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Ah, yes. The high school romantic comedy. Or, the teen movie. While there are few that occasionally manage to diverge from the norm, most tend to be as formulaic as they come. The DUFF is no exception. You would not need to go far to guess what this movie would be about: a girl who goes from being a DUFF to being a bombshell. It’s the classic zero to hero story set against the backdrop of high school angst and a social media driven culture.
Bianca (Mae Whitman) is one of a trifecta, which include her two best friends Casey (Bianca A. Santos) and Jess (Skylar Samuels). The three are always together, but the kicker is that Bianca essentially goes unnoticed by everyone. This is a fact that she is unaware of until a childhood friend and next-door neighbor Wesley Rush (Robbie Amell), who happens to be the captain of the football team and resident ladies man reveals to her that of her group of close friends, she is the DUFF, or the Designated Ugly Fat Friend.
As cruel as it seems to tell someone, rather frankly, that they play second fiddle to their more popular, even more desirable group of friends, it actually serves as a bit of a wakeup call for Bianca. She begins to see the school and people around her differently, noticing other DUFFs within other cliques around school, like Neo understanding what the Matrix is. With this new understanding of her place in the space she occupies in school, she seeks help from her Morpheus Wesley, in the hopes of un-DUFFing herself to impress a boy she’s interested in. In exchange for his services, she agrees to help him pass a science exam, which is necessary if he is to keep his coveted scholarship.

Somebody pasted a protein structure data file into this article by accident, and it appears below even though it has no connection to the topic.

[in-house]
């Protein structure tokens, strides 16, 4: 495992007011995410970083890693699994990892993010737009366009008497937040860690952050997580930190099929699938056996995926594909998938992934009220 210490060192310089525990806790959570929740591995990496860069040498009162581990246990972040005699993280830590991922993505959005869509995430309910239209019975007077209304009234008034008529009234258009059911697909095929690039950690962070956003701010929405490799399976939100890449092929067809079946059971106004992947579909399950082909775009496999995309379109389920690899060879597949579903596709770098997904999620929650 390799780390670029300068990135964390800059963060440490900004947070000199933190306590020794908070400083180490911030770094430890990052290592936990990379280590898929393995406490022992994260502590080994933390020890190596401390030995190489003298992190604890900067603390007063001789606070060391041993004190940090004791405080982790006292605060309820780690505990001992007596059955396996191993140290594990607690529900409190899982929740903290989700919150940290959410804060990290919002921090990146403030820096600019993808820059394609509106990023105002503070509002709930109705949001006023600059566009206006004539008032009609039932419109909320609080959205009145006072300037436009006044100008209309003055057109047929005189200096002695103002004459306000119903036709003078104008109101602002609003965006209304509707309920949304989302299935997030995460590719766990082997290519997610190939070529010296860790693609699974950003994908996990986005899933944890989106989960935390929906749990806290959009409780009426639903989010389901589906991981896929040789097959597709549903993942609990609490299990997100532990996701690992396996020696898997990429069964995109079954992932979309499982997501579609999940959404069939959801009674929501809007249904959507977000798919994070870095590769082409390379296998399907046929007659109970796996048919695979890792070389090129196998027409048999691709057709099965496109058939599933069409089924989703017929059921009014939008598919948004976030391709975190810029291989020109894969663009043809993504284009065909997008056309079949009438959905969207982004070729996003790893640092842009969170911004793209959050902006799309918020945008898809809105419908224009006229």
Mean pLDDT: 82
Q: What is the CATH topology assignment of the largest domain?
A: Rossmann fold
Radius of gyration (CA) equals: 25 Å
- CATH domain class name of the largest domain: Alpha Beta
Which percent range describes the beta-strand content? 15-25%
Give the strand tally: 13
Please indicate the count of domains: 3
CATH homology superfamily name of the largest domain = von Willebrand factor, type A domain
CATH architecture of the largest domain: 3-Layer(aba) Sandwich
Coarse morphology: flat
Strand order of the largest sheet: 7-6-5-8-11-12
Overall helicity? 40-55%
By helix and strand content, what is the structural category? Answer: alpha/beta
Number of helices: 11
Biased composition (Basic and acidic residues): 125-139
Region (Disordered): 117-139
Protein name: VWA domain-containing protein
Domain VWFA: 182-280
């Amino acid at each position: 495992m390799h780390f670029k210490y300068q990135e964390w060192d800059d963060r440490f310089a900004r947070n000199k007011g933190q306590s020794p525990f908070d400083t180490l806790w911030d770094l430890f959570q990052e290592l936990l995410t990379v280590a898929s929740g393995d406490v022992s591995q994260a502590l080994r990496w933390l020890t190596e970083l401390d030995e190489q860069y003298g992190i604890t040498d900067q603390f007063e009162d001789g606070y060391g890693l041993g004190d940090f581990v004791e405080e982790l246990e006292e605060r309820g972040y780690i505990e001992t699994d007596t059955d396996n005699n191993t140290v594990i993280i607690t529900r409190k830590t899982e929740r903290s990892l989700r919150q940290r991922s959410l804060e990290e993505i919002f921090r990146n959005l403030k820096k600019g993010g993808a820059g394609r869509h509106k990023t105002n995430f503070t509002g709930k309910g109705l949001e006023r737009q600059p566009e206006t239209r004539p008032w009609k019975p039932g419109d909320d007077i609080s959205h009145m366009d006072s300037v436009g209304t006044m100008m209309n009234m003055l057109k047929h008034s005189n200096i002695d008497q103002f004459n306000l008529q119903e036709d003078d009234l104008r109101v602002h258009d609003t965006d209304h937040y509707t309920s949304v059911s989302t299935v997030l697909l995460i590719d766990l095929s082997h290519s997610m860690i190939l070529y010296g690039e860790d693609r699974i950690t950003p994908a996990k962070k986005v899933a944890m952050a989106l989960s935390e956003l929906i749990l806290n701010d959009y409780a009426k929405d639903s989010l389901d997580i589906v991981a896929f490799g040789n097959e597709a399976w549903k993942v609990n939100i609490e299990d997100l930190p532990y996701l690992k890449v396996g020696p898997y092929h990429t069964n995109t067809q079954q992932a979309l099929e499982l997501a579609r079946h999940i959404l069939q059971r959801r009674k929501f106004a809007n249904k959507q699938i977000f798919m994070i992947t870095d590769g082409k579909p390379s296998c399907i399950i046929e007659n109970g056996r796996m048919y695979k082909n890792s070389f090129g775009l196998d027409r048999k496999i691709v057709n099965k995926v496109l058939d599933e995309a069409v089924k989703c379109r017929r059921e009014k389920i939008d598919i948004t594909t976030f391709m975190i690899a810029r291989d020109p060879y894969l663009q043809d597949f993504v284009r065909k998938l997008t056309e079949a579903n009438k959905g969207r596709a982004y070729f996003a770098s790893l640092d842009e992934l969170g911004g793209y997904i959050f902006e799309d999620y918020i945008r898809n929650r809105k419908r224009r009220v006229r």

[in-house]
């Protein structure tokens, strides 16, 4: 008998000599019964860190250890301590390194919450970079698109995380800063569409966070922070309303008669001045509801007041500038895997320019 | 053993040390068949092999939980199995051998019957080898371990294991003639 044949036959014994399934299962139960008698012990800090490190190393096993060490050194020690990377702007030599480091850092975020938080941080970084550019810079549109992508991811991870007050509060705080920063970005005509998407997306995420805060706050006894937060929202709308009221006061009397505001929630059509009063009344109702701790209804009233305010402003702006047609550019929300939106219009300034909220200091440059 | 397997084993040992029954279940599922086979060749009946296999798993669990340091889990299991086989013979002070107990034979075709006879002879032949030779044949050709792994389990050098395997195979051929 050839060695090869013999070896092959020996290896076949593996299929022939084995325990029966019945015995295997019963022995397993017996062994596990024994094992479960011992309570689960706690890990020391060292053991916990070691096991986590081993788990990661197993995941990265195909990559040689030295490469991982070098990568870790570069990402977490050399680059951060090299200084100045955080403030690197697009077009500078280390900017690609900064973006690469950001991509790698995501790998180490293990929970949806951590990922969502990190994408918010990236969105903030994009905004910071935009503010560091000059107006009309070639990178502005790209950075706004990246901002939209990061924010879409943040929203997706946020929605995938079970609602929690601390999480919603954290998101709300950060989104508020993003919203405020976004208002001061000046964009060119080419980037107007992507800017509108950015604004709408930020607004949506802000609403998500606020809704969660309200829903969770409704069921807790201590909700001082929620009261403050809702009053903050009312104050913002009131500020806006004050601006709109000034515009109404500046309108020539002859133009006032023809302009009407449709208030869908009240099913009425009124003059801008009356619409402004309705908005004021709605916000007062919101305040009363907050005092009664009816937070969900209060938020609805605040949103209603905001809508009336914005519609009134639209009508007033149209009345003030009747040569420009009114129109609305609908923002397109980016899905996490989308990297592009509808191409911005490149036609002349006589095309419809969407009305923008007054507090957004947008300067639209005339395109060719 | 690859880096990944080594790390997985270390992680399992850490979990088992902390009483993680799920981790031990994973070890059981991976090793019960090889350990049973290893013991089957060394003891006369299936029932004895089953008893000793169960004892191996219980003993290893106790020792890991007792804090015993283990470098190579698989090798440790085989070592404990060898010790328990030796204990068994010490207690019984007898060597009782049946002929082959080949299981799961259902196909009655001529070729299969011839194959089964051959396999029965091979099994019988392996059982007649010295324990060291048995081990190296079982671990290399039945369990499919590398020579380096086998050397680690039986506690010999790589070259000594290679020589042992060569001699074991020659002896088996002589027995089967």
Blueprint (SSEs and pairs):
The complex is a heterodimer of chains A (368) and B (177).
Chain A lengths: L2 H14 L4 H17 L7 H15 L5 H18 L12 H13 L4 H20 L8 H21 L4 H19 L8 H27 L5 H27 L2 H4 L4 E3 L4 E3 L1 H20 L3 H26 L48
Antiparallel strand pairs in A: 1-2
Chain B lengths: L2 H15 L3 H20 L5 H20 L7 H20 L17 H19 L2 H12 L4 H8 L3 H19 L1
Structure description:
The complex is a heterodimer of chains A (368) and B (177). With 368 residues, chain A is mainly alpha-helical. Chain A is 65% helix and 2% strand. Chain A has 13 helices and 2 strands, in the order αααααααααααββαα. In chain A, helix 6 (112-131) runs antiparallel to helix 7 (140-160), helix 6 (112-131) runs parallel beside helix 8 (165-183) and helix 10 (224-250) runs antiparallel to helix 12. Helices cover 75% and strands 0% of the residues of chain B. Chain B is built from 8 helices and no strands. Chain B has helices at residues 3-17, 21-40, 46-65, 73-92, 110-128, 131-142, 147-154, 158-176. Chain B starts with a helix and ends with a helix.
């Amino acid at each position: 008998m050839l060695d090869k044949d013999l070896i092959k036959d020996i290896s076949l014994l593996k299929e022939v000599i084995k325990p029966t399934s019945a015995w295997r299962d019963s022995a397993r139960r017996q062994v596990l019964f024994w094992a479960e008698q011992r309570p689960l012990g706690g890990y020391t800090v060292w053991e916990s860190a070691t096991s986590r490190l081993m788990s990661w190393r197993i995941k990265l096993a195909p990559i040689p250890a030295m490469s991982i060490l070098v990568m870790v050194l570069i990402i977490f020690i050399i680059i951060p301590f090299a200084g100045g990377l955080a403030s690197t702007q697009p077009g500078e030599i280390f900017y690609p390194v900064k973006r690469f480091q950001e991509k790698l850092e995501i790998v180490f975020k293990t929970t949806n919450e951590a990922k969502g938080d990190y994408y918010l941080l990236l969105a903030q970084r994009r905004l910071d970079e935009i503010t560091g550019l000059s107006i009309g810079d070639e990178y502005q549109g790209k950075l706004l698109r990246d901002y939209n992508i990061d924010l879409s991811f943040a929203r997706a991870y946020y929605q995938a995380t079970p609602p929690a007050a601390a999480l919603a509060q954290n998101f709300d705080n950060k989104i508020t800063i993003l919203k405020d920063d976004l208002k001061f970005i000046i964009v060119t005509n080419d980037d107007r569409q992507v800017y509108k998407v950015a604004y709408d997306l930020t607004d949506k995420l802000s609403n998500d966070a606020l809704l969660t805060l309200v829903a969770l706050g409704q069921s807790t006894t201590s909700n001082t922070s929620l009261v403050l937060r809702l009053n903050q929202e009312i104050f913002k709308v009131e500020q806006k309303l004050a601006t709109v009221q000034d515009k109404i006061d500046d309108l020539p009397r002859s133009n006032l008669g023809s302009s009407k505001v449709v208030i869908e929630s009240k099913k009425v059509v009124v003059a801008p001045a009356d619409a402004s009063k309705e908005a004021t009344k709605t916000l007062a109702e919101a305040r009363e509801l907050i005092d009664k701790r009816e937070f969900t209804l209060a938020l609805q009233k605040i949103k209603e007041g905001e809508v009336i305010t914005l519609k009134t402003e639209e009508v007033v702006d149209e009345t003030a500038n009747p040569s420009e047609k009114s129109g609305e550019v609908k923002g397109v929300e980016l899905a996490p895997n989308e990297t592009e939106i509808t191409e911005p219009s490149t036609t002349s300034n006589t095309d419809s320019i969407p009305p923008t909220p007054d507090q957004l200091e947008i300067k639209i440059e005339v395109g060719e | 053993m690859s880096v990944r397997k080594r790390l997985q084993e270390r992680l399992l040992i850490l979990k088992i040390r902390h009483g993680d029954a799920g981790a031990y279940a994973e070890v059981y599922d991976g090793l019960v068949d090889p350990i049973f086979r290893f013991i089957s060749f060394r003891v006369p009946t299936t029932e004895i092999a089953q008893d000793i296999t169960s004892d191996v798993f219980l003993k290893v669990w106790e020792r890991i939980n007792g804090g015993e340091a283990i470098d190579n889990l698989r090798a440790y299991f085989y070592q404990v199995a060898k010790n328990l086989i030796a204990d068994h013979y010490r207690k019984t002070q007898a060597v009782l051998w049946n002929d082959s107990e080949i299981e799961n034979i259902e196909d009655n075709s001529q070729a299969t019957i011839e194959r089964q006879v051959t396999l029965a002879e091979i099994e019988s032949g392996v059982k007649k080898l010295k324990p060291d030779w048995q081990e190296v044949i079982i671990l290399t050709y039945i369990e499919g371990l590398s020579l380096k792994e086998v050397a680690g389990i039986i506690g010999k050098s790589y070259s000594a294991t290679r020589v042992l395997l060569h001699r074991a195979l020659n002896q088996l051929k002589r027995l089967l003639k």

As mentioned earlier, this film is quite predictable. You understand very quickly who all the types are. You know Bianca will transition from the ugly duckling to the beautiful swan. You know the ‘mean girl’ antagonist will get her comeuppance. You know the boy she likes, who actually seems like a good guy, will drop the ball somehow and you know that the last person she expected to fall for… Well, you get the idea. That said, this film does manage to present some interesting spices that manage to intrigue and engage.
Chief among those spices is the relationship between Bianca and Wesley. Here is where the movie shines brightest. The pair feels the most natural of all the players in this picture; their chemistry is obvious. Robbie Arnell was charming as the hunky jock who attempts to get Bianca to come out of her shell, but Mae Whitman deserves some serious props here. The manner in which she goes all out and really lets loose makes her character that much more endearing, which is really a testament to Whitman and her boldness as an actor. It is not really a surprise for anyone who has seen her in anything, she certainly knows what she’s doing.
The film is very self aware and expresses its themes in a very tongue-in-cheek manner. It does a good job of depicting the more current landscape of high school, particularly in the manner of cyber-bullying, how cruel certain students can be and how the smallest things can be the biggest things for hormonal teens. The story here is tried and true, the package familiar. Though there manages to be some nice inversions of some of the ingredients we expect (Ken Jeong as the caring teacher being a good example), the movie does not dare to go as far or to be as bold as Bianca. It is she who manages to make this flick an entertaining one because you care about her and want her to be happy. At the end of the day, DUFF or not, that counts for something.